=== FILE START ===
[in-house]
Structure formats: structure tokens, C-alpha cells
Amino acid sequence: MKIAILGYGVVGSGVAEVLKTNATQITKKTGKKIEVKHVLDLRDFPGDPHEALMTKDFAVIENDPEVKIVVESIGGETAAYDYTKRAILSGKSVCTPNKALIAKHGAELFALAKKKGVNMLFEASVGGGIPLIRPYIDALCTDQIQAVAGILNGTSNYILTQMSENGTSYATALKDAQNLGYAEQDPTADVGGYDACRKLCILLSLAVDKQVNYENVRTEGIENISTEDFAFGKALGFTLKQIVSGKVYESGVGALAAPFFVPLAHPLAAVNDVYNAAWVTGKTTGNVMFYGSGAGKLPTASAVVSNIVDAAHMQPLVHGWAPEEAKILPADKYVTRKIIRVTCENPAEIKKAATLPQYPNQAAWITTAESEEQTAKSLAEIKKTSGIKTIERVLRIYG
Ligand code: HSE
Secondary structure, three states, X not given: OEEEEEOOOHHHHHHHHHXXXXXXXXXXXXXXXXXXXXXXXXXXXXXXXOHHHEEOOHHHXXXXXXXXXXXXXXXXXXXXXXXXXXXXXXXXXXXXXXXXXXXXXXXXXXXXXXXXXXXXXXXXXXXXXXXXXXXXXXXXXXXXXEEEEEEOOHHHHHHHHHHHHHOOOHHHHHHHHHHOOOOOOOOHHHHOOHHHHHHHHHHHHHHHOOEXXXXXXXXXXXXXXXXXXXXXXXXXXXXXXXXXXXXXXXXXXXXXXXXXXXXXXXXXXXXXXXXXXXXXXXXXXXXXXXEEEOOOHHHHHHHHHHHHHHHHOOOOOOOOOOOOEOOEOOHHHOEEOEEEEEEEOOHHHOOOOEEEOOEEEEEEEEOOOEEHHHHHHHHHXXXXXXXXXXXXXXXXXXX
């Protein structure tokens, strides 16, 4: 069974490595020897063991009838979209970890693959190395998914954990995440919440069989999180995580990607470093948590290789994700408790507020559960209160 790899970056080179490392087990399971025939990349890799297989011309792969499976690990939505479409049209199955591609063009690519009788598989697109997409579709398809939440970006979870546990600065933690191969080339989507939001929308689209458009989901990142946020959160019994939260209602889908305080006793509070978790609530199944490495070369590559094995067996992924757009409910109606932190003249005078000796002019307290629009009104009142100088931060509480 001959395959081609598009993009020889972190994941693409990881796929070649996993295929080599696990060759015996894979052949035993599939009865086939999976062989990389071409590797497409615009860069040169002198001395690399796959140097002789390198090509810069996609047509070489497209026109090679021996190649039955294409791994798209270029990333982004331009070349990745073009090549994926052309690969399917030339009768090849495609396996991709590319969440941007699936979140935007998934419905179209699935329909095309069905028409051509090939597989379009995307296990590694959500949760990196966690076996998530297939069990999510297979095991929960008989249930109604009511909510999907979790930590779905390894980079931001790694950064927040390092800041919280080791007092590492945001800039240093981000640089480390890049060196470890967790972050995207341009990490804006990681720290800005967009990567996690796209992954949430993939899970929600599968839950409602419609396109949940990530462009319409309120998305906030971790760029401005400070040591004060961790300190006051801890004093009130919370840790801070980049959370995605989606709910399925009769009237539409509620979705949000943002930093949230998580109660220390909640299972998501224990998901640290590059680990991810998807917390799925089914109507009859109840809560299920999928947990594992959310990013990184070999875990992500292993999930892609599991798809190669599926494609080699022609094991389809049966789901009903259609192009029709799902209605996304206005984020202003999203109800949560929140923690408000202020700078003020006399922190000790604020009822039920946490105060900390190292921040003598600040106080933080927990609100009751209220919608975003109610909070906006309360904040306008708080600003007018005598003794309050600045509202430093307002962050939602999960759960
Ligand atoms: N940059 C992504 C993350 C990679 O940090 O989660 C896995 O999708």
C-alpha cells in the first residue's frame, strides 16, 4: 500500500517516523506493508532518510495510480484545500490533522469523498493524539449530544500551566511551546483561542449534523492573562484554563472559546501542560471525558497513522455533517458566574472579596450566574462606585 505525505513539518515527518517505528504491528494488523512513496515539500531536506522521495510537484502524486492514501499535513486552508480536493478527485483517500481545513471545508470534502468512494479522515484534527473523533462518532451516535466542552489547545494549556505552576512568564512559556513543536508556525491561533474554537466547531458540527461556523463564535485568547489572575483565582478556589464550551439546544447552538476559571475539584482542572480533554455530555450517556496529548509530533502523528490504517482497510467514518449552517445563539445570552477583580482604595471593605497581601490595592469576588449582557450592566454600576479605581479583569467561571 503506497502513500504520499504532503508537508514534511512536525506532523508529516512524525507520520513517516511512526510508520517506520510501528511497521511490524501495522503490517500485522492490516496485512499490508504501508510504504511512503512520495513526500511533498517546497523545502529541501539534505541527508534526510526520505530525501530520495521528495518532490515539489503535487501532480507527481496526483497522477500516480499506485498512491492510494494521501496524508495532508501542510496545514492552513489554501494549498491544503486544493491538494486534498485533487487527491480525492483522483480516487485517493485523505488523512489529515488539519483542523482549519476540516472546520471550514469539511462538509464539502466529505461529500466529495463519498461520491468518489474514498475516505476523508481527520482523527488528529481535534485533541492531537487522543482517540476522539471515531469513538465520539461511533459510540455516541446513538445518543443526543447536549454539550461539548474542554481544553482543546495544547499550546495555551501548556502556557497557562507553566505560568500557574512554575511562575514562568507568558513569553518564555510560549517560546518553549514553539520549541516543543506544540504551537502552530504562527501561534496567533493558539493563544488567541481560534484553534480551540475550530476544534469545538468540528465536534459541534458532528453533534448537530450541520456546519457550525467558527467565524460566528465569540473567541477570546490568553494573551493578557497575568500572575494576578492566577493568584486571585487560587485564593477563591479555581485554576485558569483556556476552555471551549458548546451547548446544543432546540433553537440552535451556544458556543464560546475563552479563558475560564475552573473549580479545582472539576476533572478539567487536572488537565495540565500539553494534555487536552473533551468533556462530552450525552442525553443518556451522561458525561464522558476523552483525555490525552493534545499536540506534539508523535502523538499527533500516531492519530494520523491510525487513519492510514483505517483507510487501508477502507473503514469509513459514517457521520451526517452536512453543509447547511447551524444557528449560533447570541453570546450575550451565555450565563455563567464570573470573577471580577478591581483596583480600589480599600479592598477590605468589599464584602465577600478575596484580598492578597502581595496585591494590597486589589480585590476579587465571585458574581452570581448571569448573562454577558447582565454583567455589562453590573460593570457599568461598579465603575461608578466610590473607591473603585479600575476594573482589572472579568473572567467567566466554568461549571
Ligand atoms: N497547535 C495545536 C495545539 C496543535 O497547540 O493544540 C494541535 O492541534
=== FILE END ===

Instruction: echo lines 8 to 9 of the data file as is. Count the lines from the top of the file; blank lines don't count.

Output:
C-alpha cells in the first residue's frame, strides 16, 4: 500500500517516523506493508532518510495510480484545500490533522469523498493524539449530544500551566511551546483561542449534523492573562484554563472559546501542560471525558497513522455533517458566574472579596450566574462606585 505525505513539518515527518517505528504491528494488523512513496515539500531536506522521495510537484502524486492514501499535513486552508480536493478527485483517500481545513471545508470534502468512494479522515484534527473523533462518532451516535466542552489547545494549556505552576512568564512559556513543536508556525491561533474554537466547531458540527461556523463564535485568547489572575483565582478556589464550551439546544447552538476559571475539584482542572480533554455530555450517556496529548509530533502523528490504517482497510467514518449552517445563539445570552477583580482604595471593605497581601490595592469576588449582557450592566454600576479605581479583569467561571 503506497502513500504520499504532503508537508514534511512536525506532523508529516512524525507520520513517516511512526510508520517506520510501528511497521511490524501495522503490517500485522492490516496485512499490508504501508510504504511512503512520495513526500511533498517546497523545502529541501539534505541527508534526510526520505530525501530520495521528495518532490515539489503535487501532480507527481496526483497522477500516480499506485498512491492510494494521501496524508495532508501542510496545514492552513489554501494549498491544503486544493491538494486534498485533487487527491480525492483522483480516487485517493485523505488523512489529515488539519483542523482549519476540516472546520471550514469539511462538509464539502466529505461529500466529495463519498461520491468518489474514498475516505476523508481527520482523527488528529481535534485533541492531537487522543482517540476522539471515531469513538465520539461511533459510540455516541446513538445518543443526543447536549454539550461539548474542554481544553482543546495544547499550546495555551501548556502556557497557562507553566505560568500557574512554575511562575514562568507568558513569553518564555510560549517560546518553549514553539520549541516543543506544540504551537502552530504562527501561534496567533493558539493563544488567541481560534484553534480551540475550530476544534469545538468540528465536534459541534458532528453533534448537530450541520456546519457550525467558527467565524460566528465569540473567541477570546490568553494573551493578557497575568500572575494576578492566577493568584486571585487560587485564593477563591479555581485554576485558569483556556476552555471551549458548546451547548446544543432546540433553537440552535451556544458556543464560546475563552479563558475560564475552573473549580479545582472539576476533572478539567487536572488537565495540565500539553494534555487536552473533551468533556462530552450525552442525553443518556451522561458525561464522558476523552483525555490525552493534545499536540506534539508523535502523538499527533500516531492519530494520523491510525487513519492510514483505517483507510487501508477502507473503514469509513459514517457521520451526517452536512453543509447547511447551524444557528449560533447570541453570546450575550451565555450565563455563567464570573470573577471580577478591581483596583480600589480599600479592598477590605468589599464584602465577600478575596484580598492578597502581595496585591494590597486589589480585590476579587465571585458574581452570581448571569448573562454577558447582565454583567455589562453590573460593570457599568461598579465603575461608578466610590473607591473603585479600575476594573482589572472579568473572567467567566466554568461549571
Ligand atoms: N497547535 C495545536 C495545539 C496543535 O497547540 O493544540 C494541535 O492541534